Posts Tagged ‘sauerkraut’

Veggie Reuben Open-Faced Sandwich

Tuesday, November 13th, 2012

Tofu Reuben with Cortido

Here’s a relatively quick lunch that makes use of the sauerkraut that I talked about in a previous post here.

It consists of 1 or 2 pieces of your favorite bread, toasted, and spread with your favorite stone ground or Dijon mustard.  Top with Swiss cheese – we used Emmentaler, a slab of seared tofu (recipe follows) and (Cortido) sauerkraut.

For those of you who haven’t tried tofu, or think you don’t like it, this recipe may change your mind.

4 servings

Whole grain bread

Swiss Emmentaler cheese

Sauerkraut

Mustard

½ lb. tofu, sliced into 4 pieces

1/3 cup sesame seeds

2 T. nutritional yeast

1 T. tamari

1/3 cup water – may substitute part with a bit of white wine

2 T. olive oil

Freshly ground pepper

Sauteed Tofu

Mix sesame seeds, nutritional yeast and pepper together.  Dredge moist tofu slices in the mixture, totally covering each side.  Sauté in olive oil in preheated (medium high) cast iron frying pan for 2 minutes per side or until golden brown.  Mix tamari and water together and pour over the tofu.  Simmer for 2-3 minutes until the tofu is infused with the flavored liquid.

Place tofu slices on toasted bread prepared with mustard and cheese.  Be sure to spoon on the excess juice and sesame seeds left in the pan.  Top with sauerkraut and enjoy!

Sauerkraut in a Quart Jar

Friday, October 12th, 2012

Finished Sauerkraut

It’s never too late to learn something new.  I’ve always wanted to try making my own sauerkraut or ‘fermented cabbage’ as they say now days.  I did try making it in a quart jar a couple of years ago but when I saw a little mold on top I threw it out and never tried again.  What I didn’t know at the time was that you could scrape the white mold off the top and the cabbage underneath the liquid was perfectly fine to eat.

Last spring I sat in on a fermentation workshop at Willy Street Coop in Madison, WI, with Mike Bieser of Fizzeology.  He showed the group how to prepare 6 lbs of vegetables – 90% of which must be cabbage and 10% can be other veggies & herbs, for a gallon size jar of fermented goodness.  Though I liked all his product types I had a particular fondness for the ‘Cortido’ which was flavored with a little lime juice, cilantro and oregano among other things, so I bought and brought home a jar of it.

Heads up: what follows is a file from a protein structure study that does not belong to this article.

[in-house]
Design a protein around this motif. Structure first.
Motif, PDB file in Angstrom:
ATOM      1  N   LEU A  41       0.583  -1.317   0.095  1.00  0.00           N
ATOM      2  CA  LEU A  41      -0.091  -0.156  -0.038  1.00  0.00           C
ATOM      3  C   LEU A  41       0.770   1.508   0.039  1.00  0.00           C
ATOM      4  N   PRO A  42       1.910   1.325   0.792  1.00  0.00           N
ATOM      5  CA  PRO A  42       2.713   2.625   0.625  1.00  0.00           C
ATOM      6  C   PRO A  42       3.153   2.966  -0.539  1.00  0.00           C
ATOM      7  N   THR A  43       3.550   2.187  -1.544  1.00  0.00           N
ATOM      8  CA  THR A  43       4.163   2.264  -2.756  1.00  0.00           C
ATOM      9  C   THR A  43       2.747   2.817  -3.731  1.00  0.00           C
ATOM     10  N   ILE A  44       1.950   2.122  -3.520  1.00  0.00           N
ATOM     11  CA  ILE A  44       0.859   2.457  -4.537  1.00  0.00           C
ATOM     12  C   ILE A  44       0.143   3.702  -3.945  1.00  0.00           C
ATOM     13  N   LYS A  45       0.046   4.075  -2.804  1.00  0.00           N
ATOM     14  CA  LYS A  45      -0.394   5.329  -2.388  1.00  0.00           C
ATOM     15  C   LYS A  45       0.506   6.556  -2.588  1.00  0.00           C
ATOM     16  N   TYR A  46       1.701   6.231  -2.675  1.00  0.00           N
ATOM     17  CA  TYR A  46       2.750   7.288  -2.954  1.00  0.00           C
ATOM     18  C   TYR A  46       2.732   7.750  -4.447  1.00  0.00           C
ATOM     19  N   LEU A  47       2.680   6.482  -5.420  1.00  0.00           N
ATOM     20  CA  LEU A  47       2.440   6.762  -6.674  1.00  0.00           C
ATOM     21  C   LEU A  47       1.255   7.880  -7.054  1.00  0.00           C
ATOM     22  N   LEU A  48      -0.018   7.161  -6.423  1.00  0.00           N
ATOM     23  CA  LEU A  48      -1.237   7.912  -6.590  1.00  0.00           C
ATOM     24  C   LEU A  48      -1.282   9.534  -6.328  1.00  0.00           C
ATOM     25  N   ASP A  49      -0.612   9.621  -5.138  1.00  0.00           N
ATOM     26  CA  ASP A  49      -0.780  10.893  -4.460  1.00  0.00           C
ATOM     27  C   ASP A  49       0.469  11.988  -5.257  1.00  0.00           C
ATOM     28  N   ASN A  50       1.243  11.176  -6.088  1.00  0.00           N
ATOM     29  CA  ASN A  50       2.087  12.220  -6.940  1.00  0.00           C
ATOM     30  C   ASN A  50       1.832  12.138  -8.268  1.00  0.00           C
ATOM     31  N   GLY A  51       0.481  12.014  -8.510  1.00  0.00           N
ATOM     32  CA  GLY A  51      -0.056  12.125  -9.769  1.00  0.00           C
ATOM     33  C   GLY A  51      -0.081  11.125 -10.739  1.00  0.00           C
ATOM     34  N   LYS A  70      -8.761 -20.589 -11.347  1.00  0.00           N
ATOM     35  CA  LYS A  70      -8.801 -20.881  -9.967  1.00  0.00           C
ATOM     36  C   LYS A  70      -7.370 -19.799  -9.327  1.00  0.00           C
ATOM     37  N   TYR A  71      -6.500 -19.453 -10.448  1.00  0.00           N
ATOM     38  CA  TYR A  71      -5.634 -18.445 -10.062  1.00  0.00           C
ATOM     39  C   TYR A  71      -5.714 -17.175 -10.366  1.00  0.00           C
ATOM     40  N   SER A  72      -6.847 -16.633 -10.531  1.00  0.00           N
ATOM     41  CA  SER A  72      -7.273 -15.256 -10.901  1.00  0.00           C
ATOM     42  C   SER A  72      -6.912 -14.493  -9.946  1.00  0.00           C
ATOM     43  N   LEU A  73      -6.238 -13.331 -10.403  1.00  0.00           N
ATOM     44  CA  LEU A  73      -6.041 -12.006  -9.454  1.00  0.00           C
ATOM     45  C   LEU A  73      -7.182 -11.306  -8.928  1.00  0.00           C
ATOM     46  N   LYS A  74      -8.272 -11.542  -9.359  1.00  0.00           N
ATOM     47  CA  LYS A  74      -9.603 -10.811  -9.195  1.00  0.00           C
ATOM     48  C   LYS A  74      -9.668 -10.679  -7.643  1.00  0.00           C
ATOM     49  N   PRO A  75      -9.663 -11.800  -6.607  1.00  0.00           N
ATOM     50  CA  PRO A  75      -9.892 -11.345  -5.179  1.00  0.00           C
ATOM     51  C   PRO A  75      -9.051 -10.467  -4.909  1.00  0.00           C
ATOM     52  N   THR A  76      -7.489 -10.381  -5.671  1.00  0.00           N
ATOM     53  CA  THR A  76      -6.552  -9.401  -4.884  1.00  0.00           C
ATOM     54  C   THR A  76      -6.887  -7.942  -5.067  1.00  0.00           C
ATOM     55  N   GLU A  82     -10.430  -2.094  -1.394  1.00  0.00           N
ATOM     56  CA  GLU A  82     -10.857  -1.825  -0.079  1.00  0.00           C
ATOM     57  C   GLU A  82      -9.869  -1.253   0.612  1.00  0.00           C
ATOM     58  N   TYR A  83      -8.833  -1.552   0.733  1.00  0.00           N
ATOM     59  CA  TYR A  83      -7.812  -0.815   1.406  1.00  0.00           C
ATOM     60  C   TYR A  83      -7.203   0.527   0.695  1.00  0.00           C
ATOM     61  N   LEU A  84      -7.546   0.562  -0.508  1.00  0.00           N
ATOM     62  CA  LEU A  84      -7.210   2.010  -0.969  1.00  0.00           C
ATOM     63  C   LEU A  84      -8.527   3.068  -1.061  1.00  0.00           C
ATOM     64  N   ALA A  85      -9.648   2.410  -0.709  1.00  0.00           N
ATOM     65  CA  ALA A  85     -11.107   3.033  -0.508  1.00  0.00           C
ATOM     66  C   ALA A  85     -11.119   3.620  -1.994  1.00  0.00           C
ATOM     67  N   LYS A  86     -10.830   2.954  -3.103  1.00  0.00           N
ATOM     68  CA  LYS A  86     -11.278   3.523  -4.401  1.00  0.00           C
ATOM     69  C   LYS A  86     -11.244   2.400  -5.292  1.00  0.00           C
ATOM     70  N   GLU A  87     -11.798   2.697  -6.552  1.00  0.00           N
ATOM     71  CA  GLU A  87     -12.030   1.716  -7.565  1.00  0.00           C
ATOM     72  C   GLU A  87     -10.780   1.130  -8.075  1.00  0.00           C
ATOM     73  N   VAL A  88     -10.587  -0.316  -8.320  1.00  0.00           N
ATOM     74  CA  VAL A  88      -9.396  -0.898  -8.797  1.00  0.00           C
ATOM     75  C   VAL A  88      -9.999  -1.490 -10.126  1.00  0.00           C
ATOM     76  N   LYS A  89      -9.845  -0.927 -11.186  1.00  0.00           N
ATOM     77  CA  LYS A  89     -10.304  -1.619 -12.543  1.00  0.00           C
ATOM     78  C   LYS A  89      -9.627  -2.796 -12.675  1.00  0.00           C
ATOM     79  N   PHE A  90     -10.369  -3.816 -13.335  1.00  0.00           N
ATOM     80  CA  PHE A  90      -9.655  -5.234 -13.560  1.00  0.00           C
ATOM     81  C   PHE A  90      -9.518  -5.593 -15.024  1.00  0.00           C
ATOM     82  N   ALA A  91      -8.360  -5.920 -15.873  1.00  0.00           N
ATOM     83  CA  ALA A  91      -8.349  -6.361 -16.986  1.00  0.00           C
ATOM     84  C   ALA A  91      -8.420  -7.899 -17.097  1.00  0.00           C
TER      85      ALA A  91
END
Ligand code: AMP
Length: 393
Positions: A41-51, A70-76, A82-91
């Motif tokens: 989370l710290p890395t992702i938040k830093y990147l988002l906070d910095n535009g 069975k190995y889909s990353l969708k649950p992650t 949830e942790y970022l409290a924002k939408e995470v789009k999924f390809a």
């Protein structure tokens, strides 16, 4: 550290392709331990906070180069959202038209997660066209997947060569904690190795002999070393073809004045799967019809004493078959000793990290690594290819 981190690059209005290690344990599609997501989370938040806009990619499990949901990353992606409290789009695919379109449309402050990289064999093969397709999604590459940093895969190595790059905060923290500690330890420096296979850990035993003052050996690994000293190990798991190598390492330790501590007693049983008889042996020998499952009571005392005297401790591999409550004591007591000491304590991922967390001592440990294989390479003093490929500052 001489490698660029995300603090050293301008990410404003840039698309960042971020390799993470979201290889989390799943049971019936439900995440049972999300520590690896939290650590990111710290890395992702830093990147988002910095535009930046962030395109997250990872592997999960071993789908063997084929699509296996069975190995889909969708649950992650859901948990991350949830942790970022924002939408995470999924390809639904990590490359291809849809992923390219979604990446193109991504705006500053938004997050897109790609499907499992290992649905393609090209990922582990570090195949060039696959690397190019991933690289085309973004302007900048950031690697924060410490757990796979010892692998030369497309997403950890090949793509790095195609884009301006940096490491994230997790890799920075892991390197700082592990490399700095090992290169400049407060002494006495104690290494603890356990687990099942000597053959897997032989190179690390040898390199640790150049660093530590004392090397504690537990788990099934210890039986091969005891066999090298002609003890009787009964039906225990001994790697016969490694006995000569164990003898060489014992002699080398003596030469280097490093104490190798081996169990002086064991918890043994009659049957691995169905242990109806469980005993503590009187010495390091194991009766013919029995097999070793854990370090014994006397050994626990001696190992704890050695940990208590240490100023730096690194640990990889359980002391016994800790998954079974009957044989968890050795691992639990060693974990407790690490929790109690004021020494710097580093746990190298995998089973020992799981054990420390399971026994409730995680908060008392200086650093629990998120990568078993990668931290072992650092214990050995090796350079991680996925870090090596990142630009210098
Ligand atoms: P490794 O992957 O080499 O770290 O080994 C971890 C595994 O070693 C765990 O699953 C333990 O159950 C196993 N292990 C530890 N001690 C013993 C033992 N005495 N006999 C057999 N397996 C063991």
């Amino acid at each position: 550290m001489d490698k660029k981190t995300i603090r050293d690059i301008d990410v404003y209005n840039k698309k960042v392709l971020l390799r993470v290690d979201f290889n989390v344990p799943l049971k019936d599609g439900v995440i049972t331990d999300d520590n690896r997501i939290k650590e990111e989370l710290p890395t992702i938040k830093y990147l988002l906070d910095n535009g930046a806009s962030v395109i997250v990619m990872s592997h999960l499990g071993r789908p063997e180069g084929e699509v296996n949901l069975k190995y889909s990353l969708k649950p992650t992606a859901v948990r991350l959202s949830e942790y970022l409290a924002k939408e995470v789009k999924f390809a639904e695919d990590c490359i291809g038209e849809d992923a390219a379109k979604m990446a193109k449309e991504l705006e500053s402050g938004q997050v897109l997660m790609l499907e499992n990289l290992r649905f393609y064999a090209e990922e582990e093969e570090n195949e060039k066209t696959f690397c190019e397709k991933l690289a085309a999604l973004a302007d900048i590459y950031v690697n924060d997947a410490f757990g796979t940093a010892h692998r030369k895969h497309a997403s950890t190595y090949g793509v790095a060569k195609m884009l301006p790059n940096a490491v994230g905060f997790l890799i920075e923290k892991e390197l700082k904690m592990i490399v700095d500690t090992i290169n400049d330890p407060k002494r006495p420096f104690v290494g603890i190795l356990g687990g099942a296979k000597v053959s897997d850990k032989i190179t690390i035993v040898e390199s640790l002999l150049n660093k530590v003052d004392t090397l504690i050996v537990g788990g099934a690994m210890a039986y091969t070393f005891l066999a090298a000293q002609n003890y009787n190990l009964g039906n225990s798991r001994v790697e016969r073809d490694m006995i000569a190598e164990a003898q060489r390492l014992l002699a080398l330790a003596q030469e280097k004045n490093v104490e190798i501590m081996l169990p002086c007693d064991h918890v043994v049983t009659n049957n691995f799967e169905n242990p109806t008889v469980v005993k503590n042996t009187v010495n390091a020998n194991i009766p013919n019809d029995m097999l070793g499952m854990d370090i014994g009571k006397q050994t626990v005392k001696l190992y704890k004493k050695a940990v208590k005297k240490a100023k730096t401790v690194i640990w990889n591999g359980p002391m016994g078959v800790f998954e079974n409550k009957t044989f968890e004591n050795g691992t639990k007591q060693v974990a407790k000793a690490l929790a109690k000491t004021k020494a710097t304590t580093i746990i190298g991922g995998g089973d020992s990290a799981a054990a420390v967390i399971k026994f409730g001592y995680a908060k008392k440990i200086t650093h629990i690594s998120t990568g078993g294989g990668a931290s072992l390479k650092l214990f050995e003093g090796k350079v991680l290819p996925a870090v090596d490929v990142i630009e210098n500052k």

I also came home with an empty gallon jar to start my own fermented cabbage and a smaller insert jar the size of a herring jar for pushing the vegetables below the liquid.  Rather than buying vegetables to fill the jar I chose to wait until our garden produced the necessary ingredients.

Before I got the chance to fill up the gallon jar, Noel & I attended the Mother Earth News Fair in Seven Springs, PA, in September.  Another well-known fermentation expert, Sandor Ellix Katz, aka Sandorkraut, author of ‘Wild Fermentation’ was giving a talk on Fermentation, Culture and Coevolution.  Of course I had to attend – you can’t have too much information when trying the unknown!

While he was talking he shredded some green and red cabbage – about 2 lbs. for a quart jar – and massaged it by hand with about a teaspoon or so of salt.  After about 15-20 minutes of massaging he picked up a handful and squeezed it over the bowl.  When the juices run down like you’re wringing out laundry then it’s ready to pack in the sterilized jar.  He packed the cabbage down tightly and filled the jar to about ½” from the top, making sure that the liquid rose above the cabbage.

Massaging Cabbage

Okay, here’s where I start – with a picture of me squeezing my salt macerated home-grown cabbage.  After I packed it down into the jar I used a smaller jar, to push against the cabbage.  Anything clean and sterile that will keep it below the liquid can be used.  If the item is tall enough, i.e. a little higher than the top of the jar, the non-metallic cover, when screwed on, will push against the jar thus squeezing the mixture down.  When the cover is in place set the jar on the counter to let the cabbage ferment.  The warmer the temperature the faster it ferments.  Once a day loosen the cover to vent (or burp) the jar and let the gases escape.

After about 4 days the ferment can be ready to eat.  Taste it and see what you think, making sure to pack remaining cabbage down below the liquid.  You can refrigerate it at this point or continue to let it ferment more at room temperature.  It will get more acidic and sour and softer the longer it is not refrigerated.  It’s all a matter of experimentation and taste!